By Mick Jensen
Ashburton’s Relay For Life raised $133,000 for the Cancer Society over the weekend.
The event celebrates cancer survivors, remembers people lost to cancer and raises awareness and funds that are used for support services and research.
Held at the Ashburton Showgrounds, this year’s event featured 60 teams of walkers, slightly down on the 2015 event.
Walkers completed circuits of a track measuring 460m on the inside and teams were on the track from 4pm on Saturday until 10am on Sunday.
The event was opened by Ashburton mayor Donna Favel and included a karakia, Relay For Life pledge read out by Roger Bonifant and the cutting of a ribbon under a large symbolic purple arch by cancer survivor Libby Taylor and her daughters.
A poignant opening lap of the track by cancer survivors and their supporters was led by the Ashburton Scottish Society Pipe Band.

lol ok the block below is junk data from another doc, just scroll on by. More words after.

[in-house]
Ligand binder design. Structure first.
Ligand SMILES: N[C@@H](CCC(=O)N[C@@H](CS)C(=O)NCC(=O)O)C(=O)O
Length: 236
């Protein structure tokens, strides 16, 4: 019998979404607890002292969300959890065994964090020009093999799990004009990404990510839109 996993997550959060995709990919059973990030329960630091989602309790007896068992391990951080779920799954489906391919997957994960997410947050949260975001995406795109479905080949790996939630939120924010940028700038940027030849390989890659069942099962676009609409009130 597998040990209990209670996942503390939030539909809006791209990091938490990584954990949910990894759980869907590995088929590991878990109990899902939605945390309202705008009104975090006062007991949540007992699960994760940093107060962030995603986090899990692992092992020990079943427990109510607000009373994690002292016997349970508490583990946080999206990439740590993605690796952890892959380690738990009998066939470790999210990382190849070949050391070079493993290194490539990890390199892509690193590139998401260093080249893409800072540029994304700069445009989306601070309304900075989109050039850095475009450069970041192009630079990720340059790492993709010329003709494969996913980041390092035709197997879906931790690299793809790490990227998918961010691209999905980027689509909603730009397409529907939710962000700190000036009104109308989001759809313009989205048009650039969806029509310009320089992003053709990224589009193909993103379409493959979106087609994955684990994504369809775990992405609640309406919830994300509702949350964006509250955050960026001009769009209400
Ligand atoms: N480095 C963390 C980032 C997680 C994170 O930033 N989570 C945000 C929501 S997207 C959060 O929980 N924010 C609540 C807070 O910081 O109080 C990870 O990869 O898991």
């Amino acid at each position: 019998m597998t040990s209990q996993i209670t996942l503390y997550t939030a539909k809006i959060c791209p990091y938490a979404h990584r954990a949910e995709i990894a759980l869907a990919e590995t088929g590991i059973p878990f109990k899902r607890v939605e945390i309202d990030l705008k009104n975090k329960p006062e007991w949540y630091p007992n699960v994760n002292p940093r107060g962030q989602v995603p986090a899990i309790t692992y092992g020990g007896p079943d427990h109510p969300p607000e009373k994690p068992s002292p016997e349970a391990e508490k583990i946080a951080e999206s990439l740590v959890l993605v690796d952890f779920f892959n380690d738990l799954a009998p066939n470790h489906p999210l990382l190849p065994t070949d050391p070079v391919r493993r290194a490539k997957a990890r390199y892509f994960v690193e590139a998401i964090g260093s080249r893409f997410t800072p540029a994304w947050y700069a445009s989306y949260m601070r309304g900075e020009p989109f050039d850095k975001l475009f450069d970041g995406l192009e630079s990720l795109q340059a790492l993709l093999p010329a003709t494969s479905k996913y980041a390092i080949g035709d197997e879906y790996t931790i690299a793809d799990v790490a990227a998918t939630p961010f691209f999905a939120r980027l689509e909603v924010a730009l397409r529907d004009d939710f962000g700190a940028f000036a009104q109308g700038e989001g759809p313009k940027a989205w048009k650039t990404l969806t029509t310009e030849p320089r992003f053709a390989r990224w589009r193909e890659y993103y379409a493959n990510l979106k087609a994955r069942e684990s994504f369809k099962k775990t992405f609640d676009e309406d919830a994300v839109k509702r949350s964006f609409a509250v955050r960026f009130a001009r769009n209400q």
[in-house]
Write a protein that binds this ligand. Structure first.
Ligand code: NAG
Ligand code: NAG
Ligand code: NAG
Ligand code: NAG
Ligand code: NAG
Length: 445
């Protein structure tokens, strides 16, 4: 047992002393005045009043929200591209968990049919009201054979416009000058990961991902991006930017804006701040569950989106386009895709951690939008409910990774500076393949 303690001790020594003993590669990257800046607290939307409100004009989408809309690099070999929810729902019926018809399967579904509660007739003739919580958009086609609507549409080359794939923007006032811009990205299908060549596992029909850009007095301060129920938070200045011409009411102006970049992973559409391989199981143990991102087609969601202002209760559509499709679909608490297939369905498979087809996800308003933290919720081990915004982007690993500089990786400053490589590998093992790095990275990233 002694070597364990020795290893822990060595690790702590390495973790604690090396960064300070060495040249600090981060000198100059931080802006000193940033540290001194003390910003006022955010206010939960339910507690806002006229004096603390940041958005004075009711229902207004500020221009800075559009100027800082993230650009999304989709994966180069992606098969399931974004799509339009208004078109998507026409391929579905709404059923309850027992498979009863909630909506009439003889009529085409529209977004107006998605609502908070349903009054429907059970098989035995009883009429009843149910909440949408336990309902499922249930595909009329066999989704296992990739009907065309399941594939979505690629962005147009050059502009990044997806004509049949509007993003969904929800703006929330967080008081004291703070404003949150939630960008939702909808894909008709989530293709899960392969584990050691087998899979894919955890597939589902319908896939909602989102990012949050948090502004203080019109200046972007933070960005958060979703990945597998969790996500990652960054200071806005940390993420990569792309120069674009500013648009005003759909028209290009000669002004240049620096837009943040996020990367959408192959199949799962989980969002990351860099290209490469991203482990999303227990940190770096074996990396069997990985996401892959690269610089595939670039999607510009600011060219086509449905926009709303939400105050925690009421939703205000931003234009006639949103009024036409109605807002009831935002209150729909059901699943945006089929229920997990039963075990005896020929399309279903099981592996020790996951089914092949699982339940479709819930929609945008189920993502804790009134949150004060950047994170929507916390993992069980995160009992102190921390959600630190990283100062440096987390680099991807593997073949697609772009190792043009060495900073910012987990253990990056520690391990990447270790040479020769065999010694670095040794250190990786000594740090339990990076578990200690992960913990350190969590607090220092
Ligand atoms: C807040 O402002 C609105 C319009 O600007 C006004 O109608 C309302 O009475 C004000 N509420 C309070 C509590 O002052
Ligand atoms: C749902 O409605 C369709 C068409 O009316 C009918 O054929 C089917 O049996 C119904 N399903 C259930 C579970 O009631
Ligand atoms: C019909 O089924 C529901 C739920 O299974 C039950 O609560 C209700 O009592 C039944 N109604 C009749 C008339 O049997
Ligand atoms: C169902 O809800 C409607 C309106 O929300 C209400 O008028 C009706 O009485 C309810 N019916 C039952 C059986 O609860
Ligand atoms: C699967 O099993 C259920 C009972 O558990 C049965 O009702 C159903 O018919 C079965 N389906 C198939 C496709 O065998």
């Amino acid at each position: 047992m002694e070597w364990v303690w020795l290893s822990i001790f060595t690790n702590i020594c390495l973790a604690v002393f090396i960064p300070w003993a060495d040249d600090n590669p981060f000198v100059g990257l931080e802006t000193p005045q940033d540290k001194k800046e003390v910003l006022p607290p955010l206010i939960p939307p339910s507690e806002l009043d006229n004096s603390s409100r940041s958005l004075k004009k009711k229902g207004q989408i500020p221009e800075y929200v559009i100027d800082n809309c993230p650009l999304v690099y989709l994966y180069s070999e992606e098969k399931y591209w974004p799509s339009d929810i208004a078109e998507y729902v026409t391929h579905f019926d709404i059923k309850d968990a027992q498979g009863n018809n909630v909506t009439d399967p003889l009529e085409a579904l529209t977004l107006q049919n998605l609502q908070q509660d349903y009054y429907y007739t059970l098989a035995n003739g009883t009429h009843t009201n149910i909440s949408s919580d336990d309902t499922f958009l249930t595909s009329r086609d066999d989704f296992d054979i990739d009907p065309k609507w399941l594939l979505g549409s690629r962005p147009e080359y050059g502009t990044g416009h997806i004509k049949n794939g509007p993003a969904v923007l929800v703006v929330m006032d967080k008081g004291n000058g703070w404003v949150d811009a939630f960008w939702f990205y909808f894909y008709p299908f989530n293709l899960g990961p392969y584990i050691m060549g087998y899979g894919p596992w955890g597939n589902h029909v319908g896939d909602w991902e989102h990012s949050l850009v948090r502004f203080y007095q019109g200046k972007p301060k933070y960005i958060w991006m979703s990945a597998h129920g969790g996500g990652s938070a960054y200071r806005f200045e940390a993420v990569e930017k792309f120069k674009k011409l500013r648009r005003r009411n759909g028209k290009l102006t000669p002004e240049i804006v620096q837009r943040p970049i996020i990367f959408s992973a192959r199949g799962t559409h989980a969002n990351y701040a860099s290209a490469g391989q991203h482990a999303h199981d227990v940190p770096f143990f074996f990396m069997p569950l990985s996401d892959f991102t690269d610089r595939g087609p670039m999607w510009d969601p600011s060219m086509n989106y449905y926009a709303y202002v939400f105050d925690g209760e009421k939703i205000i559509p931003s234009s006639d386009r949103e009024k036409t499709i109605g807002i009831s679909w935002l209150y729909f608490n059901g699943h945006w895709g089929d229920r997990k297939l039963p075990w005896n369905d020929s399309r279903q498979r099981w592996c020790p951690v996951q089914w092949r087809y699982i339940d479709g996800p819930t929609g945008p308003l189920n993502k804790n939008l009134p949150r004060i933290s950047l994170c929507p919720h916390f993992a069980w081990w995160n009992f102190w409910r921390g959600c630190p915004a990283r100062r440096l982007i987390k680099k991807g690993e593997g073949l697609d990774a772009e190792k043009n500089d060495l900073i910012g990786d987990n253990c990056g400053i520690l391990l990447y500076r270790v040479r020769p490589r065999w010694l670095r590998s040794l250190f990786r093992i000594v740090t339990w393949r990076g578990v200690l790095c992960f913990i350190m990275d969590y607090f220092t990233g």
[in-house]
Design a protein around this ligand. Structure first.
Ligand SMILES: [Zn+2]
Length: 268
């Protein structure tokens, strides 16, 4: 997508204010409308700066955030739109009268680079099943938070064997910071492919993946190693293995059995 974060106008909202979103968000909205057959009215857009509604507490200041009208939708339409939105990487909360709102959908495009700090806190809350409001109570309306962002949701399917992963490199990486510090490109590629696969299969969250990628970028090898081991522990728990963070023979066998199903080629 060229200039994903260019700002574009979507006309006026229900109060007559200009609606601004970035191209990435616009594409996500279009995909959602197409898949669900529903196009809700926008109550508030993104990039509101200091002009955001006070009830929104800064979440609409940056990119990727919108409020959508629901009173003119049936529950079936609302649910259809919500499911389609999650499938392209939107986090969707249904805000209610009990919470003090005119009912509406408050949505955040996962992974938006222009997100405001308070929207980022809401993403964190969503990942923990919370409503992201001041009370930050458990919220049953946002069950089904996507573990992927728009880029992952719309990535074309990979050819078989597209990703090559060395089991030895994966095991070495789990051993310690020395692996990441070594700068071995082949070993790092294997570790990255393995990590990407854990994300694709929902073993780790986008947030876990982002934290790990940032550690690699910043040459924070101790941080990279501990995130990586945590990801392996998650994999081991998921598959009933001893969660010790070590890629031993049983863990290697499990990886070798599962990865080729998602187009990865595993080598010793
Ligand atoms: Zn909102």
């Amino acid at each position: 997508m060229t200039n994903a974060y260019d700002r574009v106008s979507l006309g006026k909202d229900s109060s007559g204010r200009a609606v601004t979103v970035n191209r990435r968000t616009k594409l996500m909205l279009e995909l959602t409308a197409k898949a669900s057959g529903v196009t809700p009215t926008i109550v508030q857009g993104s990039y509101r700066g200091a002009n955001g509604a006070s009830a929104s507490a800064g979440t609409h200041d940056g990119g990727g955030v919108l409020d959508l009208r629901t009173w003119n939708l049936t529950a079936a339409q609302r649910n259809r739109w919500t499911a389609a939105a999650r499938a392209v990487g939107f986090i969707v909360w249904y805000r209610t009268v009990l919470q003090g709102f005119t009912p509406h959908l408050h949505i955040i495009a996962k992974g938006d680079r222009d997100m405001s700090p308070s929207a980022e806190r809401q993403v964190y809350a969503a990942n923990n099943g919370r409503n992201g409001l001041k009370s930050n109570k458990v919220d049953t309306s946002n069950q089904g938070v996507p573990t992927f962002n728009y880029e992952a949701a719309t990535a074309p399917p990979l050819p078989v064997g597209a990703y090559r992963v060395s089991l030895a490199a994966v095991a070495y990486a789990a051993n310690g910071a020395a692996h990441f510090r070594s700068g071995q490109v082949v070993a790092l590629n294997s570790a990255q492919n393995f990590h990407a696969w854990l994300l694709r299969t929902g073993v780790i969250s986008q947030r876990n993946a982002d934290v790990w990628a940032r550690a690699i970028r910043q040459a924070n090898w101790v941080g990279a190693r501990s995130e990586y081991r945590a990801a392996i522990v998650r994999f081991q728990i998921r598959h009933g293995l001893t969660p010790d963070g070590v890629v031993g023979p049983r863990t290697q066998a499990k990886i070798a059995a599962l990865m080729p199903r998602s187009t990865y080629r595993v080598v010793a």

Cancer survivors wore purple sashes and their supporters green ribbons.
Mayor Favel said it was a “sombre reminder to see so many purple sashes.”
Organising committee chair Alison Driscoll said the event was about “fighting back” against cancer, “the cancer which affects so many of us”.
There had been a “great vibe” throughout the event, helped by the good weather, she said.
A lot of work behind the scenes by a number of volunteers had ensured the smooth running of the event.
A candlelit ceremony held at 9pm to remember those taken by various forms of cancer had been particularly well attended, said Mrs Driscoll.
All of those involved should feel very proud of their efforts, which helped to raise $133,000, with possibly more to come, she said.
Teams dressed to impress in an array of outfits and bright colours. Two impressive storm troopers kept a watchful eye over proceedings.
An entertainment programme, featuring a number of local performers, ran throughout much of the event.
The Canterbury West Coast Division of the Cancer Society raised $400,318 for cancer research in 2017.